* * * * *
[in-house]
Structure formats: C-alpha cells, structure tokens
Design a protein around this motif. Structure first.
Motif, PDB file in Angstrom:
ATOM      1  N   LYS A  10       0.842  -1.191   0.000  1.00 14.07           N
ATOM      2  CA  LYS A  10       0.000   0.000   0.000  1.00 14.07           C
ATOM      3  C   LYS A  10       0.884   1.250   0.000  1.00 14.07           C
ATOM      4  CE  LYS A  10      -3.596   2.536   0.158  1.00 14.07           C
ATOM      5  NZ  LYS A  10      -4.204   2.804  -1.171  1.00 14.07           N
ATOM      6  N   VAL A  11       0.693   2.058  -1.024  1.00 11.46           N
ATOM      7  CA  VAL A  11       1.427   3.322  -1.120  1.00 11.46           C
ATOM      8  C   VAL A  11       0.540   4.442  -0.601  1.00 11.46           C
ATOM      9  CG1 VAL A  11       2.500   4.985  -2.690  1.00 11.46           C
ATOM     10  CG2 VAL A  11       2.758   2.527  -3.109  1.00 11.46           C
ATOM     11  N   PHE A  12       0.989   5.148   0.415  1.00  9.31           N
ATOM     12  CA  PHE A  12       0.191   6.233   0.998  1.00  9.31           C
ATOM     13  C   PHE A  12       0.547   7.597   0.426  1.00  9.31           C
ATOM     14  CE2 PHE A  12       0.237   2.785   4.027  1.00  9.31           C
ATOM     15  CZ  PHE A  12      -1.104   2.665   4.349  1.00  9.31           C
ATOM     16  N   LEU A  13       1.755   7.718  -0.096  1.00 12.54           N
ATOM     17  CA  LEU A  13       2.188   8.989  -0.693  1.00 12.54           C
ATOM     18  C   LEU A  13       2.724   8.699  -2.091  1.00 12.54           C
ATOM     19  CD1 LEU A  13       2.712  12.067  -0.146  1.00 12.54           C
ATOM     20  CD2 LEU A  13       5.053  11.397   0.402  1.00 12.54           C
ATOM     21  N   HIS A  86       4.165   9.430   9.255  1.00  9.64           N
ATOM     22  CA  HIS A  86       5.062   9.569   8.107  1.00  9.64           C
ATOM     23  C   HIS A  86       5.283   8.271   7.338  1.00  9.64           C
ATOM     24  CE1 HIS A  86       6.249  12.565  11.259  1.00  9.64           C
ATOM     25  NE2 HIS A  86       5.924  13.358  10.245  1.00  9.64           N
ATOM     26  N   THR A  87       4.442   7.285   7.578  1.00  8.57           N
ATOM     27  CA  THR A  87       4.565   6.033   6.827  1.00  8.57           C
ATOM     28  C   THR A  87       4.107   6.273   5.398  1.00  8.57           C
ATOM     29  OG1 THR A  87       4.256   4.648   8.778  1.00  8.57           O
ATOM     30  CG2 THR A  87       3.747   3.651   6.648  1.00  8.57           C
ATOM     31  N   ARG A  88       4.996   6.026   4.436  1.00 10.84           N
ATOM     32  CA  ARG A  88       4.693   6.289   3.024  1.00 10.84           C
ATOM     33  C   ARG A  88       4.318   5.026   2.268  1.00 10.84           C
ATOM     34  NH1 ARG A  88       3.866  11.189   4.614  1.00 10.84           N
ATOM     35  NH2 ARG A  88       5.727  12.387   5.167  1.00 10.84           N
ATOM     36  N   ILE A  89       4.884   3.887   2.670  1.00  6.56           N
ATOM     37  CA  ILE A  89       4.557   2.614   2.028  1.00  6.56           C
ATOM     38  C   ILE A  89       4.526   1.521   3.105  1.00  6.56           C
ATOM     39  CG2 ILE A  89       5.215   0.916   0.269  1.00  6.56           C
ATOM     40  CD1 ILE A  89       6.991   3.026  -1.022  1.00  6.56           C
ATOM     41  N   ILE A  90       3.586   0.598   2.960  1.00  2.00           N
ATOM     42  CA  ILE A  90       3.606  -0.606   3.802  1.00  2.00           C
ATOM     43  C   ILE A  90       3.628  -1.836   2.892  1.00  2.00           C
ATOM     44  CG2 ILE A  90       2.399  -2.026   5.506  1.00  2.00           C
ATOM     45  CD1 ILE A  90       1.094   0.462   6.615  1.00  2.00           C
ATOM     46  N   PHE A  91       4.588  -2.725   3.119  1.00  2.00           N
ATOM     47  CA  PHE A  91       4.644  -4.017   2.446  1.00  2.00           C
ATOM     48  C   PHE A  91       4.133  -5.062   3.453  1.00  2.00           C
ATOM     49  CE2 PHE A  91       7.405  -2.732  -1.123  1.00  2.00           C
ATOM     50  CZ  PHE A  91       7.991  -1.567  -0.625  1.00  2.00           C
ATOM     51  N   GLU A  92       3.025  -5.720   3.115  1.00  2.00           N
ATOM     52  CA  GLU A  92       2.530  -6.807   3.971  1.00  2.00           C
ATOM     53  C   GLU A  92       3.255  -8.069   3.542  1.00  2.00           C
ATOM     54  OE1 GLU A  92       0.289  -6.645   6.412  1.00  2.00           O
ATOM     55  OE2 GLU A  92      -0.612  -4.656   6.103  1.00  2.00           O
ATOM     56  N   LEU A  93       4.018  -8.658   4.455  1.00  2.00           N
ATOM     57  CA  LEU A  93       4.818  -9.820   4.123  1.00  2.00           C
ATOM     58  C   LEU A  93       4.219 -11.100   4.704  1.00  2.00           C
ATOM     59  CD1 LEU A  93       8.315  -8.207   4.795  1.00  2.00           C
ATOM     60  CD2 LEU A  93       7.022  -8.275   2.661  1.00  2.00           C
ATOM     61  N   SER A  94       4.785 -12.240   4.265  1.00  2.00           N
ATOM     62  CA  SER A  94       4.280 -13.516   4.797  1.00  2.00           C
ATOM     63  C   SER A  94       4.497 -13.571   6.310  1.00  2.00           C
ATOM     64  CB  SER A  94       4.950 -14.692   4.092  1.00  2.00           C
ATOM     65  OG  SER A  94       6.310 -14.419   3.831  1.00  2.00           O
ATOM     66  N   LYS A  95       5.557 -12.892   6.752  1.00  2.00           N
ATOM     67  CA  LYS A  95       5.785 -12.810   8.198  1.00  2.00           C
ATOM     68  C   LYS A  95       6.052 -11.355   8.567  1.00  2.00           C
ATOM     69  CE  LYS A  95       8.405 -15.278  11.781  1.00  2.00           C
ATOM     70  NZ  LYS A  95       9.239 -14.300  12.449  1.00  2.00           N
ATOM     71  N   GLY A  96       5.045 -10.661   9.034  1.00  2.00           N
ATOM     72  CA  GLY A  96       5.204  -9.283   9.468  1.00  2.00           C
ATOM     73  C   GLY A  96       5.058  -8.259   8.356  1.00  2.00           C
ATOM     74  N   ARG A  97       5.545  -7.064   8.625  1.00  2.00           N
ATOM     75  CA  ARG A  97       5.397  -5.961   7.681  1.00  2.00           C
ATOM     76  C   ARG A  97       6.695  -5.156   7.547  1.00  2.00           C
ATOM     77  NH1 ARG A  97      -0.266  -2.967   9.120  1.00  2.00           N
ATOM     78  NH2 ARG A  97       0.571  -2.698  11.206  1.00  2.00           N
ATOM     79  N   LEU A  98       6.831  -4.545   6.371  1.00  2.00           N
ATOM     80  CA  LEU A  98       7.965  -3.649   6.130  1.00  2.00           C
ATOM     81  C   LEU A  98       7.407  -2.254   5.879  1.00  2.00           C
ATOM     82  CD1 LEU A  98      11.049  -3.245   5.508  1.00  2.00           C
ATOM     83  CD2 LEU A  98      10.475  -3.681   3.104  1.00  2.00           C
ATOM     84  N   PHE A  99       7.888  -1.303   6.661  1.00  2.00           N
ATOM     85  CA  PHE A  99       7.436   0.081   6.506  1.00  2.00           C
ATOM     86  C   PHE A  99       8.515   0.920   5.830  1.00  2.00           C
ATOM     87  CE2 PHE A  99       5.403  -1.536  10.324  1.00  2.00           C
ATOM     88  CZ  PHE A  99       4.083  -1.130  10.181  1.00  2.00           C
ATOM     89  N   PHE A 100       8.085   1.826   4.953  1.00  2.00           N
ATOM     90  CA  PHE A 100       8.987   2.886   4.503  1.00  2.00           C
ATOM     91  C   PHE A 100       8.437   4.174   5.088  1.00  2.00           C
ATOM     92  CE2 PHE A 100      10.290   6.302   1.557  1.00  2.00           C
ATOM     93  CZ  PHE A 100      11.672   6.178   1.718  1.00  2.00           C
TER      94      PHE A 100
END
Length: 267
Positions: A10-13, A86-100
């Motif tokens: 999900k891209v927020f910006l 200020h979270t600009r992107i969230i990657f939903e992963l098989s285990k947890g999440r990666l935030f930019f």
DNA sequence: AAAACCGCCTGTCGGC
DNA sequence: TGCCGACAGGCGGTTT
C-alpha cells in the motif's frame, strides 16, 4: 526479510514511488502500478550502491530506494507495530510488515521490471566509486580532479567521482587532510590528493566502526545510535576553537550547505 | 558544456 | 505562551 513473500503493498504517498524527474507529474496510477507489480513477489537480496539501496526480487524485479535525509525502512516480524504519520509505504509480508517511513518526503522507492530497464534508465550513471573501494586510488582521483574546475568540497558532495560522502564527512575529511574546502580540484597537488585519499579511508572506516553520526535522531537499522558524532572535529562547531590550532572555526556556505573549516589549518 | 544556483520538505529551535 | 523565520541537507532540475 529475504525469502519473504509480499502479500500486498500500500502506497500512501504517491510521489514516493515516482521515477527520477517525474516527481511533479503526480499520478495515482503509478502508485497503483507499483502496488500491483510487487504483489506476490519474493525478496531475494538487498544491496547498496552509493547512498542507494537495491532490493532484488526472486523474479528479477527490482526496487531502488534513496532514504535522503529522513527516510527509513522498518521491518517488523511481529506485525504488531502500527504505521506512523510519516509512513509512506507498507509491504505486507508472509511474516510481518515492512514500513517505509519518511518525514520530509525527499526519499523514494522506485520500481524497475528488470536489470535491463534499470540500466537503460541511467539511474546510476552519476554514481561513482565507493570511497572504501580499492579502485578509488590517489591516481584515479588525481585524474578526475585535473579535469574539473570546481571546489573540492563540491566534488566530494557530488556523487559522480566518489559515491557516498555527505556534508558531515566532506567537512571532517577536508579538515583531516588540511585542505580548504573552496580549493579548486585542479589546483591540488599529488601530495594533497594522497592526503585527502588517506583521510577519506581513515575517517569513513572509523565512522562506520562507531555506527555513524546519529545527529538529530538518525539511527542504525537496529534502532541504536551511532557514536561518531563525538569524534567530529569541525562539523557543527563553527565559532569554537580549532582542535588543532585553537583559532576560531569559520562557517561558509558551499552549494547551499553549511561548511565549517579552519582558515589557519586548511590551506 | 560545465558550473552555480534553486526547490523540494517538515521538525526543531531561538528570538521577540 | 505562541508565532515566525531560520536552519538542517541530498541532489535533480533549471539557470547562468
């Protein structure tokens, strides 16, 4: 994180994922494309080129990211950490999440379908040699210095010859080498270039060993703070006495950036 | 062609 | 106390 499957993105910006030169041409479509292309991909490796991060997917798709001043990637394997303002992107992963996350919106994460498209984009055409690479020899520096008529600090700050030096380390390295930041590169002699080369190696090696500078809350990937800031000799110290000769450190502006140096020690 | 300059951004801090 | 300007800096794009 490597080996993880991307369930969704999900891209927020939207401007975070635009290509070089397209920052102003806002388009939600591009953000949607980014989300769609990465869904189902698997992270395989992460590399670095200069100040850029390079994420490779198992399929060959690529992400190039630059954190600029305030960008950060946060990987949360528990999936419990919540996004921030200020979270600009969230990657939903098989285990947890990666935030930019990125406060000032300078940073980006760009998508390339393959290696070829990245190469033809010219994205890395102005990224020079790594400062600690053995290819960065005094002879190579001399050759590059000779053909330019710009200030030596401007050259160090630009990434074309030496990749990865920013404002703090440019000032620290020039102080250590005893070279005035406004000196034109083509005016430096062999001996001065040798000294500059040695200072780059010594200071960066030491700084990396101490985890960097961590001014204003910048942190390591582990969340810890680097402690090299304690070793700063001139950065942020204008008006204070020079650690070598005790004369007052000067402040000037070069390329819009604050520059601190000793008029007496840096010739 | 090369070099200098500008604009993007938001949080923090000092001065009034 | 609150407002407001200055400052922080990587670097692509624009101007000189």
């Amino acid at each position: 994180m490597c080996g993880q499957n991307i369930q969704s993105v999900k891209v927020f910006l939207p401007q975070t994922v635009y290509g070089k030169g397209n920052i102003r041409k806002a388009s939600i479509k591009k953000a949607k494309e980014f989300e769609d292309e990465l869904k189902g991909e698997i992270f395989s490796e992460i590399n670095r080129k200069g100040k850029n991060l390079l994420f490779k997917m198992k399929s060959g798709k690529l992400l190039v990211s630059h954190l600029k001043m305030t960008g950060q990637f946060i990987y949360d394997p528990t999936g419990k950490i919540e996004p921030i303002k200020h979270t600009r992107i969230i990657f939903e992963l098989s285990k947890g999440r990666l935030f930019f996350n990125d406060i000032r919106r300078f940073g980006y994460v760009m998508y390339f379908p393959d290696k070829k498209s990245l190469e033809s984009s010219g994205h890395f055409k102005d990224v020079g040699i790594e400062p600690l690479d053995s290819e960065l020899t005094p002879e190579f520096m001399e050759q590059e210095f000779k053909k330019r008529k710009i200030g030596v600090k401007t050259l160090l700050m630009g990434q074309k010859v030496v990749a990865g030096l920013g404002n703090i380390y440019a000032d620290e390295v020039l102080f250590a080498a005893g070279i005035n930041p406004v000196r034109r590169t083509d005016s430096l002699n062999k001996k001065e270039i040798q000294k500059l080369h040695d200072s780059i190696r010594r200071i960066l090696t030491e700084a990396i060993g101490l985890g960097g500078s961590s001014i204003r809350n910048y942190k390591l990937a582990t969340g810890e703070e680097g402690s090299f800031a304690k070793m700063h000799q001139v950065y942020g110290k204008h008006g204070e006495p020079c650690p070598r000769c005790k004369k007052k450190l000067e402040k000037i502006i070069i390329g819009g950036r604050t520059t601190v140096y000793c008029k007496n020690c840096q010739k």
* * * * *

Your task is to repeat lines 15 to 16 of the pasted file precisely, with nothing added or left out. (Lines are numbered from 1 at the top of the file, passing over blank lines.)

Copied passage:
ATOM     11  N   PHE A  12       0.989   5.148   0.415  1.00  9.31           N
ATOM     12  CA  PHE A  12       0.191   6.233   0.998  1.00  9.31           C